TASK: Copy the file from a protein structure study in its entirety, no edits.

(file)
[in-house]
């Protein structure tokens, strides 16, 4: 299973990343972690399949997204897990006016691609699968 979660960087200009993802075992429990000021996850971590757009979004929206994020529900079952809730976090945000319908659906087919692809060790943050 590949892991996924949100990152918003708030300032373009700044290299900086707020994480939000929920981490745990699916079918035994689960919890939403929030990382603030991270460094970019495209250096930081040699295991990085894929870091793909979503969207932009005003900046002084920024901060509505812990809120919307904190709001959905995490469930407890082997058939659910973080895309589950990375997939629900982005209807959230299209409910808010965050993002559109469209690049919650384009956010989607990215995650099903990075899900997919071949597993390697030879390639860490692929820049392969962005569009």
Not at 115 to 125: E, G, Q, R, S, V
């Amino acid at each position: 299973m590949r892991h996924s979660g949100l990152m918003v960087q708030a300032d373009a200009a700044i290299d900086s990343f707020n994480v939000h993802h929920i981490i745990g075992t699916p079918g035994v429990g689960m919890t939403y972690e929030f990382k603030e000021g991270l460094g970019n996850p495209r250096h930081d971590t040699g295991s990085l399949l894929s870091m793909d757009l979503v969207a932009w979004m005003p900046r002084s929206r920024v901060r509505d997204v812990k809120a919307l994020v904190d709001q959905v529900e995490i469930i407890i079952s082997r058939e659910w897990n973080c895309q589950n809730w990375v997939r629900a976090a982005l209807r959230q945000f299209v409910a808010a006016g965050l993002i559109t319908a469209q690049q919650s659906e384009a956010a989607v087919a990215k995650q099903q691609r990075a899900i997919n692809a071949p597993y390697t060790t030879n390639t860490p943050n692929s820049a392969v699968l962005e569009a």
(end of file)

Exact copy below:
[in-house]
């Protein structure tokens, strides 16, 4: 299973990343972690399949997204897990006016691609699968 979660960087200009993802075992429990000021996850971590757009979004929206994020529900079952809730976090945000319908659906087919692809060790943050 590949892991996924949100990152918003708030300032373009700044290299900086707020994480939000929920981490745990699916079918035994689960919890939403929030990382603030991270460094970019495209250096930081040699295991990085894929870091793909979503969207932009005003900046002084920024901060509505812990809120919307904190709001959905995490469930407890082997058939659910973080895309589950990375997939629900982005209807959230299209409910808010965050993002559109469209690049919650384009956010989607990215995650099903990075899900997919071949597993390697030879390639860490692929820049392969962005569009």
Not at 115 to 125: E, G, Q, R, S, V
């Amino acid at each position: 299973m590949r892991h996924s979660g949100l990152m918003v960087q708030a300032d373009a200009a700044i290299d900086s990343f707020n994480v939000h993802h929920i981490i745990g075992t699916p079918g035994v429990g689960m919890t939403y972690e929030f990382k603030e000021g991270l460094g970019n996850p495209r250096h930081d971590t040699g295991s990085l399949l894929s870091m793909d757009l979503v969207a932009w979004m005003p900046r002084s929206r920024v901060r509505d997204v812990k809120a919307l994020v904190d709001q959905v529900e995490i469930i407890i079952s082997r058939e659910w897990n973080c895309q589950n809730w990375v997939r629900a976090a982005l209807r959230q945000f299209v409910a808010a006016g965050l993002i559109t319908a469209q690049q919650s659906e384009a956010a989607v087919a990215k995650q099903q691609r990075a899900i997919n692809a071949p597993y390697t060790t030879n390639t860490p943050n692929s820049a392969v699968l962005e569009a």